Software has now become essential to business. Virtually every business, large or small, is reliant on software to run its business processes, support executive decision-making, and increasingly interacting with customers. Business success is now often dependent on the ability of companies to develop (either themselves or via a third party) the software needed to grow new markets and hone competitive advantage.
Inferior software quality is responsible for the loss of $150-billion per year in the United States, and $500-billion in the rest of the world, according to IBM research.
The key to improving software quality is better testing, but traditional testing approaches are proving inadequate. Testing costs are rising as wages in markets like India are increasing steadily, while IT systems are themselves becoming highly complex, with software now forming part of a larger ecosystem.
These ecosystems are characterised by multiple layers of technology, vendor platforms and stakeholders, and complex transactions and dependencies.
In addition, testing teams can no longer keep up with new development methodologies such as agile.
“Traditional testing takes place too late in the process; a ‘big bang’ approach that identifies multiple errors that often require the development team to go right back to the beginning of the process,” says Ziaan Hattingh, MD of IndigoCube. “The expense of correcting errors at this stage can be immense, not to mention the danger of missing project deadlines.”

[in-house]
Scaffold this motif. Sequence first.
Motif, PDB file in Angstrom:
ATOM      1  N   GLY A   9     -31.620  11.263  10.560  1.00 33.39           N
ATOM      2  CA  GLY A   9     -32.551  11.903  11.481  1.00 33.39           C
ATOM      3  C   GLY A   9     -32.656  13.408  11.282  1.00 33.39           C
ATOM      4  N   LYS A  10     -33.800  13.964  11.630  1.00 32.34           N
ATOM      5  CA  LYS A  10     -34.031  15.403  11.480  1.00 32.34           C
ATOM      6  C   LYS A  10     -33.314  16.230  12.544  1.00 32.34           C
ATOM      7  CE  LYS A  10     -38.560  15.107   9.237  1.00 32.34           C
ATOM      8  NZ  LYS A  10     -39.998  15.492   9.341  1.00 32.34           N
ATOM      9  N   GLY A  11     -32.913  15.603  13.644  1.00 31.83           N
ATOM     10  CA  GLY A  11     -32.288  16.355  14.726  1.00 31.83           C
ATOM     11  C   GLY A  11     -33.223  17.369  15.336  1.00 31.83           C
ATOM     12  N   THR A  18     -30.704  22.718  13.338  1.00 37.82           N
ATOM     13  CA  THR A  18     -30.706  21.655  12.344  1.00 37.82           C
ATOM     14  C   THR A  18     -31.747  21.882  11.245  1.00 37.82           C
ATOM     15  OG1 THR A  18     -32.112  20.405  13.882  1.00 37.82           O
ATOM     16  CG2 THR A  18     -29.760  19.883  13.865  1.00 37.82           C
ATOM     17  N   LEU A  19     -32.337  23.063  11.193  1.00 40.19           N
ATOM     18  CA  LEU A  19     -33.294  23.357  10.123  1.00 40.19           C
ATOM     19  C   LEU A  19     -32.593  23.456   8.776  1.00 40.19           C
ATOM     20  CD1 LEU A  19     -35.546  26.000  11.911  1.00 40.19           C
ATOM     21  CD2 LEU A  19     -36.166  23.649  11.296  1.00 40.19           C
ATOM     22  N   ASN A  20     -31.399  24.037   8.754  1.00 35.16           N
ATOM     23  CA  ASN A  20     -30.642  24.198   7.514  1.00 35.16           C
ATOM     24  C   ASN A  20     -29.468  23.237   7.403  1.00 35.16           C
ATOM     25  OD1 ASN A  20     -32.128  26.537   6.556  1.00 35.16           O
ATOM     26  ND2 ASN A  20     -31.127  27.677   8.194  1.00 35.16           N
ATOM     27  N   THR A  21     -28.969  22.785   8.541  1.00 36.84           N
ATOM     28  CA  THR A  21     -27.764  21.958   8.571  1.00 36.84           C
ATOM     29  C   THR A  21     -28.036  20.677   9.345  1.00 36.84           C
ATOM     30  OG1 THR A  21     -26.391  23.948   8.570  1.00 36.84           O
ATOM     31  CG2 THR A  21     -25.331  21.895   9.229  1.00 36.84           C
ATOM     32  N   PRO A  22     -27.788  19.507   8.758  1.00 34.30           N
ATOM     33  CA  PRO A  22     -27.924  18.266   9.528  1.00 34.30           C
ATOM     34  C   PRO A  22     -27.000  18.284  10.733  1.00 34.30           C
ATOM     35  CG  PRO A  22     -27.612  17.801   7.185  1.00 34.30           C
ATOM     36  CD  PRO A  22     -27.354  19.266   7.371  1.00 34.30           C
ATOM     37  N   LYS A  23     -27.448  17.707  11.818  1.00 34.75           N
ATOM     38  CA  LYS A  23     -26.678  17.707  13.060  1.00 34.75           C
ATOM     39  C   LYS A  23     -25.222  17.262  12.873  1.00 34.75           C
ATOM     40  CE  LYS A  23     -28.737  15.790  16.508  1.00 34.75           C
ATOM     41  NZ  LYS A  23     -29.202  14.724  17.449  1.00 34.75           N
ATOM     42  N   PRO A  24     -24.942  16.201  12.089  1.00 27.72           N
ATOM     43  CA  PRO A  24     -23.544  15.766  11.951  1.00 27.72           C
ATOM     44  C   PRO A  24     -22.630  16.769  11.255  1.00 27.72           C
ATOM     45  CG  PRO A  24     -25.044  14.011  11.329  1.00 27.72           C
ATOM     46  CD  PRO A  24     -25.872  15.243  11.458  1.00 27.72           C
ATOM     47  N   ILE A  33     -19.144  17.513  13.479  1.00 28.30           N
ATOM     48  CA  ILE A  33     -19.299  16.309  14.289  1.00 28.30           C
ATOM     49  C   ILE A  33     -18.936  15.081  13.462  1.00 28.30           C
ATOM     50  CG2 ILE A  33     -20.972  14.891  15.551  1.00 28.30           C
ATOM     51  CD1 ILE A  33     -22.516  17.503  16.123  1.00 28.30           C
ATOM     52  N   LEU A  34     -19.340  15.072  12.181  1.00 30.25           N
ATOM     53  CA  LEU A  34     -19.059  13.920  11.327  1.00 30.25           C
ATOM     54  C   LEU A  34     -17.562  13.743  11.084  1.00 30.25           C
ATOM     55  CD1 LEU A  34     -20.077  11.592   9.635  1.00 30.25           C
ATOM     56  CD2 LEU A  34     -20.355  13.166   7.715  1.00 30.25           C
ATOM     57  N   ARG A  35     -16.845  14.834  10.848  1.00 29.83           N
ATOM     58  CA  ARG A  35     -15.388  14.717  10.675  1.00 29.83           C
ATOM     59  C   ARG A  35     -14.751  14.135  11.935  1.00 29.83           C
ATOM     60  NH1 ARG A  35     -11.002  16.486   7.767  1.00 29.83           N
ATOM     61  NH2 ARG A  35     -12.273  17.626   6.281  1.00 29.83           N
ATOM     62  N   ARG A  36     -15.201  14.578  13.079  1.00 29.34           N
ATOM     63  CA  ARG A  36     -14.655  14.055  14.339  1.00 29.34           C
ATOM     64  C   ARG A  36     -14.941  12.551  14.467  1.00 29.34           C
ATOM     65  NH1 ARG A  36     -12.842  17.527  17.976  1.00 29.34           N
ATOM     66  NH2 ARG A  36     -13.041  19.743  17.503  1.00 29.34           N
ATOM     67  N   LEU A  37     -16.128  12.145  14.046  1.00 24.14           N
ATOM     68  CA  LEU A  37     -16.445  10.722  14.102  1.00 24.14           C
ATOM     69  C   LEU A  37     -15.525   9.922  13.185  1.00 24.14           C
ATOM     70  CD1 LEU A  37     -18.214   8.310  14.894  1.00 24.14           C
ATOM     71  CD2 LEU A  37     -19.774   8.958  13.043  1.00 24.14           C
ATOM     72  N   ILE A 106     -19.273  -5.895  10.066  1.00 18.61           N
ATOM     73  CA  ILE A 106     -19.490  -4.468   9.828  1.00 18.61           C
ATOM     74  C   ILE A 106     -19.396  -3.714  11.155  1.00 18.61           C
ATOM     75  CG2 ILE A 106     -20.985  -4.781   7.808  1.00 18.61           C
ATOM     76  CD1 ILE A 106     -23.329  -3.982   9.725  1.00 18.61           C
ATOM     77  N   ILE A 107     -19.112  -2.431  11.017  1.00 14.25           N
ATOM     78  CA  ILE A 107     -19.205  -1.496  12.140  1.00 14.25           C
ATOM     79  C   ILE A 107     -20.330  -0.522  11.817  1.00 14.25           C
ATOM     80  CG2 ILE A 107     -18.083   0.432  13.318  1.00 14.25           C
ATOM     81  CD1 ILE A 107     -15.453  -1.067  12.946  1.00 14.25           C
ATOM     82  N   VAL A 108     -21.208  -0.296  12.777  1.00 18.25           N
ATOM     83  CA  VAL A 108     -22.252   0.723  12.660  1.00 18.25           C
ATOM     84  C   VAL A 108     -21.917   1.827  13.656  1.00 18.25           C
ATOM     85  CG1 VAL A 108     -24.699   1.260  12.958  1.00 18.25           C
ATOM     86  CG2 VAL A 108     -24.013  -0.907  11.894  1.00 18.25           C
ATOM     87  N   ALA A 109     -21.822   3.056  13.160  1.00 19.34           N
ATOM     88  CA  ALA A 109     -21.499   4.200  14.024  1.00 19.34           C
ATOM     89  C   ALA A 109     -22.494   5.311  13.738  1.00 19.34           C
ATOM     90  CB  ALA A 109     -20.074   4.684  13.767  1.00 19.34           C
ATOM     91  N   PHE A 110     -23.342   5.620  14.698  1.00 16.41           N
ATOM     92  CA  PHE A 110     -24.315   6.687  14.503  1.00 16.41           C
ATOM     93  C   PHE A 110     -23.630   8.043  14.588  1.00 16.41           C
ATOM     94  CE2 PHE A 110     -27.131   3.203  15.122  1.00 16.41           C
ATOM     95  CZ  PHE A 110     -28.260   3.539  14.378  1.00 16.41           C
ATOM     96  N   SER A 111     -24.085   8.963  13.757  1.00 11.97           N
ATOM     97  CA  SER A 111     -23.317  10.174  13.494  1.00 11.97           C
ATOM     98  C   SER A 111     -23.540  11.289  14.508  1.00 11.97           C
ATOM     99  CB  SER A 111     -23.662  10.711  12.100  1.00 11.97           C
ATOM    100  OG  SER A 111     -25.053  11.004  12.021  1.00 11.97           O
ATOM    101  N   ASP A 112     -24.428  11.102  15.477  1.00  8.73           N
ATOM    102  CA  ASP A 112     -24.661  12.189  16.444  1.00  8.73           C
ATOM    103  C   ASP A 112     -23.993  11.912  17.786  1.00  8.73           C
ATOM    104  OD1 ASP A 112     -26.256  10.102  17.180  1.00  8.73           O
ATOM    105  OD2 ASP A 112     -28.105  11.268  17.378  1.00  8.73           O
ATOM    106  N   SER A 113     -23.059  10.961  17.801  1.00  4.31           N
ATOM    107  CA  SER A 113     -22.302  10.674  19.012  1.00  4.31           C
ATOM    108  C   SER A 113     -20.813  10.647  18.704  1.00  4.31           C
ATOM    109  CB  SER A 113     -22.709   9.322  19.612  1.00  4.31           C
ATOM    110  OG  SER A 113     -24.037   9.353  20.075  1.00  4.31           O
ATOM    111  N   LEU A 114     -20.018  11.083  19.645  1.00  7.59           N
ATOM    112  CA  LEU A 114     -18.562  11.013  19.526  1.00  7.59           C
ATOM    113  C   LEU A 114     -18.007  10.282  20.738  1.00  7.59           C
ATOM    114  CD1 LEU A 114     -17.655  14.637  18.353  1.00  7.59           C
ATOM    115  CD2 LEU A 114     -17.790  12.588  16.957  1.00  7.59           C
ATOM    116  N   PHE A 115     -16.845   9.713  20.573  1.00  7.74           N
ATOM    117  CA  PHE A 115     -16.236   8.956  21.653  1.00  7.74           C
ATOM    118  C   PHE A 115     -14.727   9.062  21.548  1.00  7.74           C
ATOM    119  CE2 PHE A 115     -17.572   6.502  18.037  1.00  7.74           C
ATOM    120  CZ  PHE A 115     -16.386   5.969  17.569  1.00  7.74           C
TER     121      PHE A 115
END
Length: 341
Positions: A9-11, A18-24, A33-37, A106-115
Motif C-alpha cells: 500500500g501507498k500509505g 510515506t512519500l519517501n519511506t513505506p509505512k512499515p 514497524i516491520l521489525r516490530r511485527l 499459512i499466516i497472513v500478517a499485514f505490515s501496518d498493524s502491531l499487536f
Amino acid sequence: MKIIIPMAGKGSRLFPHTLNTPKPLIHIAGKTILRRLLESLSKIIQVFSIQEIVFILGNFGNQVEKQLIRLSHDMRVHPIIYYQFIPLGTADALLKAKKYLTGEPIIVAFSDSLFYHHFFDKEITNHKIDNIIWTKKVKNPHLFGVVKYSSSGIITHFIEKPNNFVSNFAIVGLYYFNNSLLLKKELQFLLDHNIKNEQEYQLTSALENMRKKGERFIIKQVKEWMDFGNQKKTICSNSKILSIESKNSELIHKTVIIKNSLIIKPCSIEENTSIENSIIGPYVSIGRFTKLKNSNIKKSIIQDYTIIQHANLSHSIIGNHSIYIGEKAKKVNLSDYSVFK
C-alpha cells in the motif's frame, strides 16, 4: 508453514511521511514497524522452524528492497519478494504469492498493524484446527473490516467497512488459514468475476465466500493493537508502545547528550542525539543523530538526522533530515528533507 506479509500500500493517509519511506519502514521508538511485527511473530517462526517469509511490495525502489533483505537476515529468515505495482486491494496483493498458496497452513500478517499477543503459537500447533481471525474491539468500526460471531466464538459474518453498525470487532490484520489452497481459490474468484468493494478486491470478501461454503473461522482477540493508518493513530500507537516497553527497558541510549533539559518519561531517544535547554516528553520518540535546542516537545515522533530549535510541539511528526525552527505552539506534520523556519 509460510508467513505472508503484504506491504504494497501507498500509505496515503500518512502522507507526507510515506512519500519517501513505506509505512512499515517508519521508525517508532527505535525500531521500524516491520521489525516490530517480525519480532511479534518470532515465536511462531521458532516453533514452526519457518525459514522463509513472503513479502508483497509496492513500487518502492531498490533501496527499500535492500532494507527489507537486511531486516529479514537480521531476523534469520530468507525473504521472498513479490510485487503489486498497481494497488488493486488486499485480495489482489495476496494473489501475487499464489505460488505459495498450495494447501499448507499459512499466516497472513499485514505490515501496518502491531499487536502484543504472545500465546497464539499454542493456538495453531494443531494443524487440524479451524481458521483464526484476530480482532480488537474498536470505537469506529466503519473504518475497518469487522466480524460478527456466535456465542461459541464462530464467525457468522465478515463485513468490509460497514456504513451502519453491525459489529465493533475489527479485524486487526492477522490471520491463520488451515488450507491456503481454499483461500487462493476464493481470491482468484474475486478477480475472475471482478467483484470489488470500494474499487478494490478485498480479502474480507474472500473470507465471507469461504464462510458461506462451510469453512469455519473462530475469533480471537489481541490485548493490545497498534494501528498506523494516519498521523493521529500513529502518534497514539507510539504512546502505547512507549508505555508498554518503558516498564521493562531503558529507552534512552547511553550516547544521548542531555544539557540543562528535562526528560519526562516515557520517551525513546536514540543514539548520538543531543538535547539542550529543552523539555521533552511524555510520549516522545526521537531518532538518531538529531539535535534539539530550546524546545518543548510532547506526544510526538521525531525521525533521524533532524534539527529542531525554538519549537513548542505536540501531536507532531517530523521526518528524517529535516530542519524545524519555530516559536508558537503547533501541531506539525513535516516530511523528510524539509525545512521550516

In response, testing professionals began to test earlier on the process, moving from the traditional “waterfall” methodology to an iterative process. But as environments became more complex and interdependent, this approach became less valuable as it is necessary to test the software within the context of the entire ecosystem and not in isolation.
Building test labs for each software project is also not an option given the licensing and hardware costs, as well as the time and resources needed.
“Virtualisation of the service environment offers an elegant way to overcome these challenges,” Hattingh argues.
“In this way, integration, user interface and performance testing can all be automated to be performed continuously throughout the development process. Project teams can collaborate and share assets. Best of all, the quality of the finished product becomes predictable, while minimising redevelopment costs and business risk.”
Hattingh views were shared at a recent seminar hosted by IndigoCube, which also featured a presentation from Stuart Walker, IBM Rational Quality Management Specialist and highlighted the need for companies to be able to act swiftly in response to market trends while managing the risk associated with the growing number of regulations that need to be complied with.